5 Top Takeaways from New America’s Better Life Lab Conversation with Child Care Advocates and Policy Leaders - Early Learning Nation

5 Top Takeaways from New America’s Better Life Lab Conversation with Child Care Advocates and Policy Leaders

New Report Raises Critical Questions

What do Marriott, Home Depot, Patagonia and Walmart have in common? These businesses offer benefits like onsite child care and stipends to help their employees acquire and afford child care. Spurred by government incentives and a desire to attract and retain talent, a growing number of companies are taking an active role in the provision of child care for their employees. In fact, 11 percent of American workers had access to an employer-sponsored child care benefit as of 2020.

Employer-sponsored child care has received substantial praise, but some child care policy experts are urging caution. In his new report entitled, Questioning the Promise of Employer-Sponsored Child Care Benefits, Early Learning Nation contributor Elliot Haspel takes a critical eye to the subject and raises some important questions, including:

  • Is it appropriate for businesses to play a prominent role in procuring child care?
  • What are the philosophical complications associated with this approach?
  • What are the benefits and the risks attached to employer-sponsored child care?
  • What alternative models still engage employers?

Last month, New America’s Better Life Lab hosted a virtual panel with child care advocates and policy leaders to discuss their reactions to the report. Brigid Schulte, author and director of the Better Life Lab, began the discussion and introduced Haspel. Rebecca Gale, award-winning journalist and staff writer at the Better Life Lab, moderated the event.


Here are the key findings. 

1.Embracing child care as a work support raises major philosophical questions. 

The rise of employer-sponsored child care prompts philosophical questions: what is child care, and who is it for?

Child care helps parents (especially mothers) stay connected to the workforce and keeps our economy running, but being a “work support” is not its only function. Haspel is concerned that if child care is viewed as merely something to keep kids safe while their parents are working, then there is little incentive to nurture a high-quality, pluralistic system that relies on a valued and well-compensated workforce. He coined the term minimum viable child care fallacy to describe the problem.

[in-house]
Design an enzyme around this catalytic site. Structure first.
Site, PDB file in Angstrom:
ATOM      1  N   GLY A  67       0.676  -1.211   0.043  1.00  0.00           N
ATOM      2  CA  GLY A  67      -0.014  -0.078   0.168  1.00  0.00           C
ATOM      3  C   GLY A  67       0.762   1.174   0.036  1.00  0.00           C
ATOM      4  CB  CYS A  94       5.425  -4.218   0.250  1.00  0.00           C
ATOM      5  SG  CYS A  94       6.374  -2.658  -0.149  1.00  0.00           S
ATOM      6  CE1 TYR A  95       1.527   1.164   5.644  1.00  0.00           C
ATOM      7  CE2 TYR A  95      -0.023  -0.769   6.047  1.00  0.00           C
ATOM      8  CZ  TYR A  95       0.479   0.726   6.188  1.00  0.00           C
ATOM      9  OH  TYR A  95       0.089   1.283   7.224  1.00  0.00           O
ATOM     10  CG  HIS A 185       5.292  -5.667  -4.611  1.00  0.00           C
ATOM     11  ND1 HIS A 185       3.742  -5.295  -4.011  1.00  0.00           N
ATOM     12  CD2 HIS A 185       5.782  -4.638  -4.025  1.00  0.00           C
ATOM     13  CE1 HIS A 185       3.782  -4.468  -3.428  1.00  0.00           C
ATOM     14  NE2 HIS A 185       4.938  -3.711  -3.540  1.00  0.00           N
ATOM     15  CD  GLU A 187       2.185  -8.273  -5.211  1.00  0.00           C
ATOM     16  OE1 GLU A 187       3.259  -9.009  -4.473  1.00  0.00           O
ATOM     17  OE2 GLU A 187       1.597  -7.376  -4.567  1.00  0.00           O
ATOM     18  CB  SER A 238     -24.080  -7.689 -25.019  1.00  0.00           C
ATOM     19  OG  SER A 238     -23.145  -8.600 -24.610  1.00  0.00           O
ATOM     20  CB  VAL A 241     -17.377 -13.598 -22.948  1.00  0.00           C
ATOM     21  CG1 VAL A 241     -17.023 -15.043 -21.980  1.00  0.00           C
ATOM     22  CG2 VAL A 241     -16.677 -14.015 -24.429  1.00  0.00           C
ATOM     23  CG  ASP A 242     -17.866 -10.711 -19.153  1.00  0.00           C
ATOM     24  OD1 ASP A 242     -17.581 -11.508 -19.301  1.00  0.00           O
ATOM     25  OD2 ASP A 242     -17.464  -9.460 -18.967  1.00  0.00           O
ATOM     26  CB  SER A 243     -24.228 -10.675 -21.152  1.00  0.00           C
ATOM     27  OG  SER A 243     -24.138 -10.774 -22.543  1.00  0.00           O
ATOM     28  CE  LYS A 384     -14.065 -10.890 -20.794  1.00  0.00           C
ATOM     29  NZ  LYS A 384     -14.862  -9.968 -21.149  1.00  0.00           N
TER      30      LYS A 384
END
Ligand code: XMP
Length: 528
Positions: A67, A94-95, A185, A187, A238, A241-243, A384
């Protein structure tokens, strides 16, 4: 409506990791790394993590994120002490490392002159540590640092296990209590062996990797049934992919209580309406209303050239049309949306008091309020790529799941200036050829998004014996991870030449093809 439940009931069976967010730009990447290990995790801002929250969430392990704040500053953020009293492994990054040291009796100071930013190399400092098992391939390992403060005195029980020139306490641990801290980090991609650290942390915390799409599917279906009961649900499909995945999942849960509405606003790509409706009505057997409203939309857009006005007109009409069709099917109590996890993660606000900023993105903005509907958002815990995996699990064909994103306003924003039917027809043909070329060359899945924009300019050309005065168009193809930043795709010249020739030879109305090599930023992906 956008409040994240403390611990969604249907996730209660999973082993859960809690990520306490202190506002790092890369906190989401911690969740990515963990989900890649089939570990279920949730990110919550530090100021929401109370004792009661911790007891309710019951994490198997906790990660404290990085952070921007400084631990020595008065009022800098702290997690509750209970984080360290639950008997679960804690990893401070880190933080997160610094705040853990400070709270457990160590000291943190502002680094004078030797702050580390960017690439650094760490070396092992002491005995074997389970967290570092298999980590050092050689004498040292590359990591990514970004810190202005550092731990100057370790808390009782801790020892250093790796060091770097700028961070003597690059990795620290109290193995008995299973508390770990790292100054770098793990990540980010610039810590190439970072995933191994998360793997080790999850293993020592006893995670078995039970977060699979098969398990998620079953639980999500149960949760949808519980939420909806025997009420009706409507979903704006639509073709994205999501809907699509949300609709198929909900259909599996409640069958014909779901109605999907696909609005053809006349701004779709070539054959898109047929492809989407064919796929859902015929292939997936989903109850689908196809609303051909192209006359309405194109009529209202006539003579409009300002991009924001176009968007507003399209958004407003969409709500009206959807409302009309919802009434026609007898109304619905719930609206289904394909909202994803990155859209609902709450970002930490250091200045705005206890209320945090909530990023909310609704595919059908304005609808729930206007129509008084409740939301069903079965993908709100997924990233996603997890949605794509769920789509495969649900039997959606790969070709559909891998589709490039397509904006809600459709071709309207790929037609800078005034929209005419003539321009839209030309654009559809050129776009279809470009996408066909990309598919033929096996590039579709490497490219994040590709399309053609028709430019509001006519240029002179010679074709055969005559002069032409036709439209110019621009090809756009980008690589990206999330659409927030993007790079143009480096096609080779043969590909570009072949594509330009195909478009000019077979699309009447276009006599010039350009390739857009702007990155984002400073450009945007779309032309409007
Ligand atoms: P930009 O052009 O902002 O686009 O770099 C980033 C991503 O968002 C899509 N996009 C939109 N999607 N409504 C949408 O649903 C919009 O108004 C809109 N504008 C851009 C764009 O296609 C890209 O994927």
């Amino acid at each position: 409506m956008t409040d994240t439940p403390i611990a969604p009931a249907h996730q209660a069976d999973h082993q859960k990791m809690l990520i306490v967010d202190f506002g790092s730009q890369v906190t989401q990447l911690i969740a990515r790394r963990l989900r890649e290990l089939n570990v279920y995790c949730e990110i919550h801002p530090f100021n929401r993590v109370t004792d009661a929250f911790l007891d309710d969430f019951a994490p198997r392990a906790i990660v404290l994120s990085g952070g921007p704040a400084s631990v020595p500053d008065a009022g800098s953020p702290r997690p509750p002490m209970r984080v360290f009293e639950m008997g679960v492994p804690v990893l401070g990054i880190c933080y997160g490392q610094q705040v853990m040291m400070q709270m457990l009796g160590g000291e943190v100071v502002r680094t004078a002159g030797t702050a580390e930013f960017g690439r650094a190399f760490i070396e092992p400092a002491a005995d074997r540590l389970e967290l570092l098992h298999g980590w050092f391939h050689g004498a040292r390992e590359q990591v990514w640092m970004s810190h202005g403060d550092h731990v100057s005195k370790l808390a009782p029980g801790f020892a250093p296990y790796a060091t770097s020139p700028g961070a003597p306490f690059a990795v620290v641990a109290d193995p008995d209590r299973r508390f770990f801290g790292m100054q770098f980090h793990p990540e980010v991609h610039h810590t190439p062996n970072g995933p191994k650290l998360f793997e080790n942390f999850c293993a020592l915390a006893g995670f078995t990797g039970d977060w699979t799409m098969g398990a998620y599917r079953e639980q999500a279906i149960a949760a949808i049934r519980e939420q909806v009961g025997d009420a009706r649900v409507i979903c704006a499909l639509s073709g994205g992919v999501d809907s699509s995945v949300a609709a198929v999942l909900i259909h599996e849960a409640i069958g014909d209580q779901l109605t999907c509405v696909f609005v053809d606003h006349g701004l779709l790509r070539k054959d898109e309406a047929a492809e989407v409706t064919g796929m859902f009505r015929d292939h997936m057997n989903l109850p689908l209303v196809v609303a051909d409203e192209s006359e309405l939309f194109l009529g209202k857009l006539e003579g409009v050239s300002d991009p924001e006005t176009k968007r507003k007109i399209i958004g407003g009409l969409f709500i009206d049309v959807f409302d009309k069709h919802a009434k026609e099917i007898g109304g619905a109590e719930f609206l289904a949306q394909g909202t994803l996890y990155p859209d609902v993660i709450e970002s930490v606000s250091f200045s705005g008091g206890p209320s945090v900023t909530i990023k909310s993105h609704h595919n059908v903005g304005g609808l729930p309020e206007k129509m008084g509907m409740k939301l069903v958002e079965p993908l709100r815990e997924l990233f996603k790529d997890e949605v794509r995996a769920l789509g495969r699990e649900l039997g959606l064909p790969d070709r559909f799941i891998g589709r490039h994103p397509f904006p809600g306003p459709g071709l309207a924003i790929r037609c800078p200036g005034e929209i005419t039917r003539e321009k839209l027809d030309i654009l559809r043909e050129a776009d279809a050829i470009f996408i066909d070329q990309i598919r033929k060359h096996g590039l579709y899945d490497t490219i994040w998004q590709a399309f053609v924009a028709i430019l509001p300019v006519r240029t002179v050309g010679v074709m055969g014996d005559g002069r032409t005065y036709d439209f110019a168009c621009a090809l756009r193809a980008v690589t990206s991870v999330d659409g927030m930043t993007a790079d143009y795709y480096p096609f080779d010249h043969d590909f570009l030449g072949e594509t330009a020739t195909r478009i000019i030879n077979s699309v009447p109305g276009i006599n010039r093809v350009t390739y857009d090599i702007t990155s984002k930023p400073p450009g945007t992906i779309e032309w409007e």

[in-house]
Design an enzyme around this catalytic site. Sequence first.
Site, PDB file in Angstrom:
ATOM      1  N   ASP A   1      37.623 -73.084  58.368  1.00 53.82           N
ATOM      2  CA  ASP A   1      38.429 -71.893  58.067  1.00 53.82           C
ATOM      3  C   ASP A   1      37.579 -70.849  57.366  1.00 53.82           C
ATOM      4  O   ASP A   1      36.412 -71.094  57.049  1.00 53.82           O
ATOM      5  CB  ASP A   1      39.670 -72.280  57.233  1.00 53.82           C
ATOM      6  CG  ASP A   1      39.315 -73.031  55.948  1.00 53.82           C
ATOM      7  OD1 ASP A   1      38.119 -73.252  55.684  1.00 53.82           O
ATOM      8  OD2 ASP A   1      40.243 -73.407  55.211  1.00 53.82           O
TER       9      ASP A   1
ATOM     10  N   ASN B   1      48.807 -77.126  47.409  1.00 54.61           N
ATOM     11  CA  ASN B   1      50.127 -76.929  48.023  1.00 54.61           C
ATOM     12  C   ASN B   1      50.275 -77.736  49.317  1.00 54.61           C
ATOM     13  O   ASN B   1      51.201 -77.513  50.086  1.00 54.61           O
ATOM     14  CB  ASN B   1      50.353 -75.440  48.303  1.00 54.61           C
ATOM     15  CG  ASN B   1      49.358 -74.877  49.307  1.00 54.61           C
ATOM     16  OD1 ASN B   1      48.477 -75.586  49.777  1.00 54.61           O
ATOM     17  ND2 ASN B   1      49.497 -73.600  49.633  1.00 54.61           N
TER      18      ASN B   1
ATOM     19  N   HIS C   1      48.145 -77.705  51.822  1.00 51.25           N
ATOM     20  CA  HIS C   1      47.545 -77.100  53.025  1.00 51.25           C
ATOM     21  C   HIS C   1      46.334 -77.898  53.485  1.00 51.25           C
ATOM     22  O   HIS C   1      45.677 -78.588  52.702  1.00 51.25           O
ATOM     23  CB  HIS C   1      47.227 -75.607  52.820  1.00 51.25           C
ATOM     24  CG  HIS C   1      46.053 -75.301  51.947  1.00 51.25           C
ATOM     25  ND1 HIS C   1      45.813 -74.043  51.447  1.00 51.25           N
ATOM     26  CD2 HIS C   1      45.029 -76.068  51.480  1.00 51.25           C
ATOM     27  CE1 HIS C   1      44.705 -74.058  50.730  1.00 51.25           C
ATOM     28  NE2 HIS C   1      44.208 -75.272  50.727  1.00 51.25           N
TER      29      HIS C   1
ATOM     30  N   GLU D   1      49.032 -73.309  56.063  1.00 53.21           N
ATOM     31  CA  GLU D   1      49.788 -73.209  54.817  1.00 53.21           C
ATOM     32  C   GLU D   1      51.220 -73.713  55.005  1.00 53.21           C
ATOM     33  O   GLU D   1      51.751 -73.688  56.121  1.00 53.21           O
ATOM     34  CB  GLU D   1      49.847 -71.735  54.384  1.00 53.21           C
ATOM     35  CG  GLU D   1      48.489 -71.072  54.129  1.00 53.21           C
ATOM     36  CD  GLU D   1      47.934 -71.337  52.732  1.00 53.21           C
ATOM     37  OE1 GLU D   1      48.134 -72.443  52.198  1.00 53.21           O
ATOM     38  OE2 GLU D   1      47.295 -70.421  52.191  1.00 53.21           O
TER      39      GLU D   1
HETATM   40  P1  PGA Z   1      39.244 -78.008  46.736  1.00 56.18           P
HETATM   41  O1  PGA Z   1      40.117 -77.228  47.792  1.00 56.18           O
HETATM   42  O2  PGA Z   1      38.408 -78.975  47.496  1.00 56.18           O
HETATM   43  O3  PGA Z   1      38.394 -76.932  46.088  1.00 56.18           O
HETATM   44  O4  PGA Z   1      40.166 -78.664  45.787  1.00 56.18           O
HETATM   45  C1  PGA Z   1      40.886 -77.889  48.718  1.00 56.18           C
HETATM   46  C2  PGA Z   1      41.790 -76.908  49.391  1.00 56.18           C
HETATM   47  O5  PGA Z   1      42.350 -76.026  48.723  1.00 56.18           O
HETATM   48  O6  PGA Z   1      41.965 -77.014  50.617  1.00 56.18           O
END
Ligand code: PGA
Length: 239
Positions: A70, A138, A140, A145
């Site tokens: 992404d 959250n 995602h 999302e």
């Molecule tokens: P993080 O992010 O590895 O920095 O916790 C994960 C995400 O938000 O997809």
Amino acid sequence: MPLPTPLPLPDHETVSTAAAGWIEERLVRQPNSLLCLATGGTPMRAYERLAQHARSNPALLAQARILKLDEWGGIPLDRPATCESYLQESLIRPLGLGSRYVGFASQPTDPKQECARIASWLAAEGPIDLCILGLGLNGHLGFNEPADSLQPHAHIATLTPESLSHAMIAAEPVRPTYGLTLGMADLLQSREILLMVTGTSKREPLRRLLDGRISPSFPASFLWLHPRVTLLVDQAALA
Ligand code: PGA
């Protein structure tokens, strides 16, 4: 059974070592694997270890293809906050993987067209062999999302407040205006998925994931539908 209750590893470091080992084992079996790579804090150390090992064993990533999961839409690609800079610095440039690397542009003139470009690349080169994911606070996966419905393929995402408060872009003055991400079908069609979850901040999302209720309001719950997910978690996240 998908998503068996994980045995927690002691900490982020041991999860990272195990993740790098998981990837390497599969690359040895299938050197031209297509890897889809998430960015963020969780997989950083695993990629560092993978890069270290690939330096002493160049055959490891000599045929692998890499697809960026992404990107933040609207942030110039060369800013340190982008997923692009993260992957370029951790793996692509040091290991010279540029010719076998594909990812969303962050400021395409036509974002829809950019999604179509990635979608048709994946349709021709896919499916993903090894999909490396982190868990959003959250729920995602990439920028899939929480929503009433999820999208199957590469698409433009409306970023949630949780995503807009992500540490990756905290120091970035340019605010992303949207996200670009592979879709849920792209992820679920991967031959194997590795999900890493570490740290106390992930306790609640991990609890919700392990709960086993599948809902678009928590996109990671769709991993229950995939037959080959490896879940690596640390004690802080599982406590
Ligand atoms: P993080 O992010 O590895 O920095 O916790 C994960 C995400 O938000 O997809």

Haspel also claimed that promoting employer-sponsored child care benefits weakens the argument in favor of a universal system and reinforces the idea that child care is a private good. Supporting employer-sponsored child care could contradict the argument that advocates have been making for decades: that child care is a public good worthy of robust, sustained government investment.

Embracing employer-sponsored benefits places child care in a category of services that an individual must navigate on their own and potentially procure with help from their employer, such as healthcare or a gym membership, rather than in the same category as public schools.

2.Employer-sponsored child care raises concerns about access, equity and fairness. 

Employer-sponsored child care benefits, especially benefits like onsite centers, “tend to flow pretty disproportionately to higher earning, white collar-workers, and usually those who are working at a headquarters office,” according to Haspel. Small businesses are unlikely to have the resources to offer these benefits to their employees. Further, part-time and frontline workers are frequently excluded, and millions of freelancers and “gig” workers are ineligible entirely.